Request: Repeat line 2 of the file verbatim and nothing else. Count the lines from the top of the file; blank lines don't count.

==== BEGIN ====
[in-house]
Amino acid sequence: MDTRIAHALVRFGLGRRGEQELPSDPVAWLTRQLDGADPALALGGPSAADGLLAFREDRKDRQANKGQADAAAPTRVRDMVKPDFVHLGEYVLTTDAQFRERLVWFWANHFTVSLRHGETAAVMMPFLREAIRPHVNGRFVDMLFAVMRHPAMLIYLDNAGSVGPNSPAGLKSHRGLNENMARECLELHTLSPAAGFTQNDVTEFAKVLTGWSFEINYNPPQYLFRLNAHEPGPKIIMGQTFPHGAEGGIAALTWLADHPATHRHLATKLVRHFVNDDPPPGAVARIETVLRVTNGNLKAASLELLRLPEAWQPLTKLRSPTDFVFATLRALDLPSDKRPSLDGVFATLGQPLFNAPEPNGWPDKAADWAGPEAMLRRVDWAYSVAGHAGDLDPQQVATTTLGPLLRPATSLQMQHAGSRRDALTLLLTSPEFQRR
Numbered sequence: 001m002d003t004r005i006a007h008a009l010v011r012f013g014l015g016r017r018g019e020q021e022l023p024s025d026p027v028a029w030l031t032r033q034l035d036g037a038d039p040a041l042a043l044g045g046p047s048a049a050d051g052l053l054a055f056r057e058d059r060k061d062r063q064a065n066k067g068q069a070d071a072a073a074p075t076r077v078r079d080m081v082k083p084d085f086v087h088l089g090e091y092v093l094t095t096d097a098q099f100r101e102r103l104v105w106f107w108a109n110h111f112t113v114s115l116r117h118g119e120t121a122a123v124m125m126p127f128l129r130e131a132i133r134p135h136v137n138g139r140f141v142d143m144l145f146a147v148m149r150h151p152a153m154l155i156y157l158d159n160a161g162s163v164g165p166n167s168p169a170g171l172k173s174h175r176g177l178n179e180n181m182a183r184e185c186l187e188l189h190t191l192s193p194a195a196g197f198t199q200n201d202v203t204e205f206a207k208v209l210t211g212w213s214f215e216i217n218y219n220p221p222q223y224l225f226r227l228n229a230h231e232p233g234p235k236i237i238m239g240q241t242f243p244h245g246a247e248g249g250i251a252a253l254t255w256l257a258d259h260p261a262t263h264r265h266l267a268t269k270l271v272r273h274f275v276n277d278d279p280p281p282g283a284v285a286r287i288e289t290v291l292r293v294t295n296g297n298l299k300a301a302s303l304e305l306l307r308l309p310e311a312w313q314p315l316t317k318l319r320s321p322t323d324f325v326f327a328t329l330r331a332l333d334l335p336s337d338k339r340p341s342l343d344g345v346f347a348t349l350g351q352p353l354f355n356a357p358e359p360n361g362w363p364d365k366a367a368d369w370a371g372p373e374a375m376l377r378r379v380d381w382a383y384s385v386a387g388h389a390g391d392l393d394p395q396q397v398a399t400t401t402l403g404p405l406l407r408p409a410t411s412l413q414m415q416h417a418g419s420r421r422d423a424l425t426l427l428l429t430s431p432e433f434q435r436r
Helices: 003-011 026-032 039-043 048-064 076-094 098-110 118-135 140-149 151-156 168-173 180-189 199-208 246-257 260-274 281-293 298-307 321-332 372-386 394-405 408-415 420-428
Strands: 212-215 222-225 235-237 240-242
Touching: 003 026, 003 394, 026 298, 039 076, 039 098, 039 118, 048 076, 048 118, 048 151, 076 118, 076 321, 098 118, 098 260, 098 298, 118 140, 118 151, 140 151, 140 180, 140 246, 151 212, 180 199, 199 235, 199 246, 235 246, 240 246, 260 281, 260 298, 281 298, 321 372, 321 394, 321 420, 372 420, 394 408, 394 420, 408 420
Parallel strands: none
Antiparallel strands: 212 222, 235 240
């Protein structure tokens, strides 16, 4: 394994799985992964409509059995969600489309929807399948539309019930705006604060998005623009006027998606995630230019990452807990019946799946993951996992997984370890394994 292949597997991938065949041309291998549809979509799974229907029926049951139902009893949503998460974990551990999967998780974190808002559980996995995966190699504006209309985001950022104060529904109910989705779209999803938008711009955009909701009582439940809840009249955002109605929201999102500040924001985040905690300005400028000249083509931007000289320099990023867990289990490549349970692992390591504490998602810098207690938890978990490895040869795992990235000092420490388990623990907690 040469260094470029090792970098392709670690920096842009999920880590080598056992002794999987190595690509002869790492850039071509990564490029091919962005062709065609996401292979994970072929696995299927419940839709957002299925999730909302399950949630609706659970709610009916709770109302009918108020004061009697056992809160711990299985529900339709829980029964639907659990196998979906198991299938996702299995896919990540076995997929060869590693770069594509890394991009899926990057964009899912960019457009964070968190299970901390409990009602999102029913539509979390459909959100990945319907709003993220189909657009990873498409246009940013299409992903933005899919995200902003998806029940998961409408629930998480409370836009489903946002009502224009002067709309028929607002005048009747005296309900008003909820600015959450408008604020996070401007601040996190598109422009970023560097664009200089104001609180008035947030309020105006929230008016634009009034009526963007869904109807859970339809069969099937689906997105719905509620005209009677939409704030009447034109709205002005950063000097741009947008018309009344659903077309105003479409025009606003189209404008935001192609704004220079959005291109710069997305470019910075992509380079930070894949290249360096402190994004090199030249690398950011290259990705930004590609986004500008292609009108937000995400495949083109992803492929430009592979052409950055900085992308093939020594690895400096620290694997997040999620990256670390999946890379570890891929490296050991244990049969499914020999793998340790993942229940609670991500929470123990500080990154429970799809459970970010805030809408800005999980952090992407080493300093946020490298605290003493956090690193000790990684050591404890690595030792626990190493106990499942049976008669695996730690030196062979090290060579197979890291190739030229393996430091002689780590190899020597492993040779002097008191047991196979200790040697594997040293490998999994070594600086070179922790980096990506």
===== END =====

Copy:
Amino acid sequence: MDTRIAHALVRFGLGRRGEQELPSDPVAWLTRQLDGADPALALGGPSAADGLLAFREDRKDRQANKGQADAAAPTRVRDMVKPDFVHLGEYVLTTDAQFRERLVWFWANHFTVSLRHGETAAVMMPFLREAIRPHVNGRFVDMLFAVMRHPAMLIYLDNAGSVGPNSPAGLKSHRGLNENMARECLELHTLSPAAGFTQNDVTEFAKVLTGWSFEINYNPPQYLFRLNAHEPGPKIIMGQTFPHGAEGGIAALTWLADHPATHRHLATKLVRHFVNDDPPPGAVARIETVLRVTNGNLKAASLELLRLPEAWQPLTKLRSPTDFVFATLRALDLPSDKRPSLDGVFATLGQPLFNAPEPNGWPDKAADWAGPEAMLRRVDWAYSVAGHAGDLDPQQVATTTLGPLLRPATSLQMQHAGSRRDALTLLLTSPEFQRR